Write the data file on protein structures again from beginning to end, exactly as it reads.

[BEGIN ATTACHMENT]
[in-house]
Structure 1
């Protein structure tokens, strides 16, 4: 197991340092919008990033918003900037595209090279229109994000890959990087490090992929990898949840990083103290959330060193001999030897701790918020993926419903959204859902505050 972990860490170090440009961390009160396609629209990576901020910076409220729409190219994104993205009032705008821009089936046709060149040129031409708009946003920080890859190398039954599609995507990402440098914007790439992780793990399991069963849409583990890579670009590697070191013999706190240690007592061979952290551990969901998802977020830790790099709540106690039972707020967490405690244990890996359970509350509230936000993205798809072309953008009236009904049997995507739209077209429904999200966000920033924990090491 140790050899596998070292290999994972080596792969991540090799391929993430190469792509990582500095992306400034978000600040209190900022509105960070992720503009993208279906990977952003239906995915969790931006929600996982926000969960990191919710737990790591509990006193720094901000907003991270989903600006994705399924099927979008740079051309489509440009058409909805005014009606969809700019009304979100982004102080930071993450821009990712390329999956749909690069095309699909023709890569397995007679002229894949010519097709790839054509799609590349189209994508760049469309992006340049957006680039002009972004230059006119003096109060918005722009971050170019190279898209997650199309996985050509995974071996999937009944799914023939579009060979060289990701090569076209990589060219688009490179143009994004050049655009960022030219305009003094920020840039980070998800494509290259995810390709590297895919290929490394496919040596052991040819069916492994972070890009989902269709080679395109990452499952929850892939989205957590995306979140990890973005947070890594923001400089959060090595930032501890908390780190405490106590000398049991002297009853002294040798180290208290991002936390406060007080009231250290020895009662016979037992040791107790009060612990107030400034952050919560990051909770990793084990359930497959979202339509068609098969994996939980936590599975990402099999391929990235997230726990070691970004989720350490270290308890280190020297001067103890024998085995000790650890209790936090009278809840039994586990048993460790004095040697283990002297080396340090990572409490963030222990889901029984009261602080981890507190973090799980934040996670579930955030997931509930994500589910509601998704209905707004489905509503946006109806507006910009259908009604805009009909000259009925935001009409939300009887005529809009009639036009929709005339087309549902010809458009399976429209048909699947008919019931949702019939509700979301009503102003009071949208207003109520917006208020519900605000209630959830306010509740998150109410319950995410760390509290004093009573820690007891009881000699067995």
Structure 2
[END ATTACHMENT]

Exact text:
[in-house]
Structure 1
């Protein structure tokens, strides 16, 4: 197991340092919008990033918003900037595209090279229109994000890959990087490090992929990898949840990083103290959330060193001999030897701790918020993926419903959204859902505050 972990860490170090440009961390009160396609629209990576901020910076409220729409190219994104993205009032705008821009089936046709060149040129031409708009946003920080890859190398039954599609995507990402440098914007790439992780793990399991069963849409583990890579670009590697070191013999706190240690007592061979952290551990969901998802977020830790790099709540106690039972707020967490405690244990890996359970509350509230936000993205798809072309953008009236009904049997995507739209077209429904999200966000920033924990090491 140790050899596998070292290999994972080596792969991540090799391929993430190469792509990582500095992306400034978000600040209190900022509105960070992720503009993208279906990977952003239906995915969790931006929600996982926000969960990191919710737990790591509990006193720094901000907003991270989903600006994705399924099927979008740079051309489509440009058409909805005014009606969809700019009304979100982004102080930071993450821009990712390329999956749909690069095309699909023709890569397995007679002229894949010519097709790839054509799609590349189209994508760049469309992006340049957006680039002009972004230059006119003096109060918005722009971050170019190279898209997650199309996985050509995974071996999937009944799914023939579009060979060289990701090569076209990589060219688009490179143009994004050049655009960022030219305009003094920020840039980070998800494509290259995810390709590297895919290929490394496919040596052991040819069916492994972070890009989902269709080679395109990452499952929850892939989205957590995306979140990890973005947070890594923001400089959060090595930032501890908390780190405490106590000398049991002297009853002294040798180290208290991002936390406060007080009231250290020895009662016979037992040791107790009060612990107030400034952050919560990051909770990793084990359930497959979202339509068609098969994996939980936590599975990402099999391929990235997230726990070691970004989720350490270290308890280190020297001067103890024998085995000790650890209790936090009278809840039994586990048993460790004095040697283990002297080396340090990572409490963030222990889901029984009261602080981890507190973090799980934040996670579930955030997931509930994500589910509601998704209905707004489905509503946006109806507006910009259908009604805009009909000259009925935001009409939300009887005529809009009639036009929709005339087309549902010809458009399976429209048909699947008919019931949702019939509700979301009503102003009071949208207003109520917006208020519900605000209630959830306010509740998150109410319950995410760390509290004093009573820690007891009881000699067995």
Structure 2